Exploring the Eternal Moment
Publication Year: 1996
Published by: University of Minnesota Press
Title Page, Copyright, Dedication
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Thanks to Todd Orjala for helping to shape the manuscript, and to Kristine Vesley for helping with the fine-tuning. And thanks...
Deer Beds: A Prologue
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The telephone jangled at 3:32 A.M. After thirteen years as a firefighter—being randomly paged at any and all hours—my conditioned response to such a nighttime call is amusing. I truly cannot move as fast when awake and in daylight. By the end of the first ring the quilt was off and my feet thumped the floor. I...
The Snow Lotus
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It's a singular season, ripe with old scat, and The Reverend is attentive. The only time he'll allow me to surge past him on skis is when he pauses to vigorously sniff at the winter's accumulation of wolf droppings. I'm pleasantly surprised at how many there are. It's March 21st, and we have heard the local pack...
Snow White and the Timberwolf
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If you slice an apple in half crosswise, the bisected seed pod will appear as a near-perfect five-pointed star, which is, traditionally, a symbol of immortality. In the proper setting— say, a party where wine has nudged the perceptions of the resident metaphysicians (and aren't we all?)—a demonstration can be dramatic...
Blue Velvet Number Nine
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We understood that the black spruce planting site would punish us. The customary habitat of black spruce is wetland, and as Richard said when we first observed the site, "You know you're in trouble when you're planting trees next to marsh marigolds." With intermittent...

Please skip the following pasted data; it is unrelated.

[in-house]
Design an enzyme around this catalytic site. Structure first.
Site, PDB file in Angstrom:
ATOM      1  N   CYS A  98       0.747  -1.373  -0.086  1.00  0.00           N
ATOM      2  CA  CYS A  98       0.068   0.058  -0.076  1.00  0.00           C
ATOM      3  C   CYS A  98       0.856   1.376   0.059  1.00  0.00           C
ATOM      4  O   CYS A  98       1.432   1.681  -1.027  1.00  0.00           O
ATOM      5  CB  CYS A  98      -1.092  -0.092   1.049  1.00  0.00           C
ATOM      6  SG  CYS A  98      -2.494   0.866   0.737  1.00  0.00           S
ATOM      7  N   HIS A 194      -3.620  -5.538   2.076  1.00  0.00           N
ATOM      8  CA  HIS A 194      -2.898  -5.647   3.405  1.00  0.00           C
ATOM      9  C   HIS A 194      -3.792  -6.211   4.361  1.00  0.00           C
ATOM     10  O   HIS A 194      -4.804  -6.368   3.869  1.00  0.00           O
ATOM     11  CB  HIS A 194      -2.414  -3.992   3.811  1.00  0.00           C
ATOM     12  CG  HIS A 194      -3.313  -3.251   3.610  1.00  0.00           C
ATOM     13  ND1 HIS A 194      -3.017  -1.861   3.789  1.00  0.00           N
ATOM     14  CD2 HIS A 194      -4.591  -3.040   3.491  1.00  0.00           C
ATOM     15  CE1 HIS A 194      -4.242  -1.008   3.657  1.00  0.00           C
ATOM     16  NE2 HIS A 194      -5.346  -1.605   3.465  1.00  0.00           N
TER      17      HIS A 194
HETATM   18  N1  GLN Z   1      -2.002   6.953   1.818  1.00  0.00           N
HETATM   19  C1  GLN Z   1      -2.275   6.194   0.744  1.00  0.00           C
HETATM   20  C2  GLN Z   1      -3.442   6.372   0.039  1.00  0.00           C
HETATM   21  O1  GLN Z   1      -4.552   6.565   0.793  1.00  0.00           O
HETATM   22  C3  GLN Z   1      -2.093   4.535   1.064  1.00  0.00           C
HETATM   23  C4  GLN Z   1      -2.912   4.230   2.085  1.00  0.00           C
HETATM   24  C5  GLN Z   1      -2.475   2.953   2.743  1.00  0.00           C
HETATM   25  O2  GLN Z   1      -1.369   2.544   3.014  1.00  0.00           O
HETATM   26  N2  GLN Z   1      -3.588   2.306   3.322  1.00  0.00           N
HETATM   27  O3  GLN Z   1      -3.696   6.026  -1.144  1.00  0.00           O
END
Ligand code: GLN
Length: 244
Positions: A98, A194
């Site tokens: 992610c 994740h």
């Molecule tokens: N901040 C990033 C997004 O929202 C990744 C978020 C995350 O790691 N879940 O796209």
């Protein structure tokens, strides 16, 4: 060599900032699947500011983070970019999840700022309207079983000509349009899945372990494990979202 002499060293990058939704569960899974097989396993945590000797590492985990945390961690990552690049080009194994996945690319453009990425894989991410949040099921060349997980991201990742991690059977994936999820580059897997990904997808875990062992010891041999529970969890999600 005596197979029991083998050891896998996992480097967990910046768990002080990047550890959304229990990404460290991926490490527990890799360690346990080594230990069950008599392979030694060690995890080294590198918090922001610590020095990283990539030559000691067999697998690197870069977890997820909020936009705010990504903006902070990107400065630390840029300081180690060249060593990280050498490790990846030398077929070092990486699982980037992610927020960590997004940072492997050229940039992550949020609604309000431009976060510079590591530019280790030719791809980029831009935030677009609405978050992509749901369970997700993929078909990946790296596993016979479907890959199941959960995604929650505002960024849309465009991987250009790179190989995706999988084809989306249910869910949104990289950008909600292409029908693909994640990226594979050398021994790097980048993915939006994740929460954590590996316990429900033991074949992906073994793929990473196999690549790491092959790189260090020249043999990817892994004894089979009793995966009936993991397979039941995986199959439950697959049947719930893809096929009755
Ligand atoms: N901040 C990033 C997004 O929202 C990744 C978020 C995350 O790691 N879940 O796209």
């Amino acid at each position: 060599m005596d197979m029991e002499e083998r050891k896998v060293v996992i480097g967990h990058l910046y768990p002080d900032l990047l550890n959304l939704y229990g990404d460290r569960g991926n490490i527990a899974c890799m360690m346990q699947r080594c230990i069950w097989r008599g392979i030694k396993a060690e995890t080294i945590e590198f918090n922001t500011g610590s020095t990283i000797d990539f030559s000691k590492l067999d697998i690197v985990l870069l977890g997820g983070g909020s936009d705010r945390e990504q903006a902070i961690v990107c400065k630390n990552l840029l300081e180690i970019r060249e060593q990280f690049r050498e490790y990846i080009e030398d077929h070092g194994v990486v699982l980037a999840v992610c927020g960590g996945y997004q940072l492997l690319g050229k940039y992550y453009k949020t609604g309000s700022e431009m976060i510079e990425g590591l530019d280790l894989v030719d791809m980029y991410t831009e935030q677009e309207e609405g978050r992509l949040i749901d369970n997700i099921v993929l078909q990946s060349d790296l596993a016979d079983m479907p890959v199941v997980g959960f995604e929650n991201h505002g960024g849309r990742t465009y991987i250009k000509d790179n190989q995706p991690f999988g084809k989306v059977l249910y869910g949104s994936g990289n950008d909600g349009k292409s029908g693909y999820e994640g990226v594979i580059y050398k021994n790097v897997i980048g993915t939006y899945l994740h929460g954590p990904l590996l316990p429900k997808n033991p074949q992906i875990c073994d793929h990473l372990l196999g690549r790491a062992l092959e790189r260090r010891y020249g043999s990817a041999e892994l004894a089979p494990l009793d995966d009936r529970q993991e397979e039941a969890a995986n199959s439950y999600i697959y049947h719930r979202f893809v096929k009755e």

The Cosmos and Lysistrata
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I blinked at a universe down in the bog. It was an early morning in late May, and the temperature had been near frost at dawn, about thirty-four degrees. A pregnant dew collapsed out of the ether, heavy as rainfall, and the labrador tea and leatherleaf were beaded and brilliant. Streaming from just over the spruce tops, sunlight glutted the bog, and I was dazzled...
A Damn Idiot
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It was a wet summer in Idaho's Nez Perce National Forest, and the mountains were ripe with wildf lowers. In a meadow above Fish Creek I was cheered by flecks and clusters of color—red, yellow, blue, violet, orange—against a lush backdrop of multiple shades of green encompassed by a cloudspeckled sky. There...
Washing the Sky to Amber
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One sizzling afternoon, as we hunkered down in "the black" next to a charred deadfall, The G-Man said, "Every day out here has at least one moment." I nodded, reckoning the slow hours of monotony and drudgery that are often the most formidable challenge of a wildfire crew. Contrary to vivid impressions offered by the media, boredom...
The Guts of God
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"Tonight/' Loki assured me, "would be an ideal time to die." He's a hopeless liar, and merely a fleeting voice in my head, but in the wake of that stunning passage of the autumnal equinox, I agreed. In principle. Mercury and Jupiter had gleamed briefly on the orange stage of dusk, setting fortyfive minutes behind the sun. The diurnal solar death was gilded with the aroma...
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We figured out later that at the precise moment Pam was in the house talking about Alice, I was crushing her with the left rear wheel of my pickup truck. Pam was telling her colleague Maggie that we had to be careful when Alice, our eighteen-year-old cat, was outside, because she was nonchalant about vehicles and slow to avoid them. We had to deposit...
The Awesome Triple-L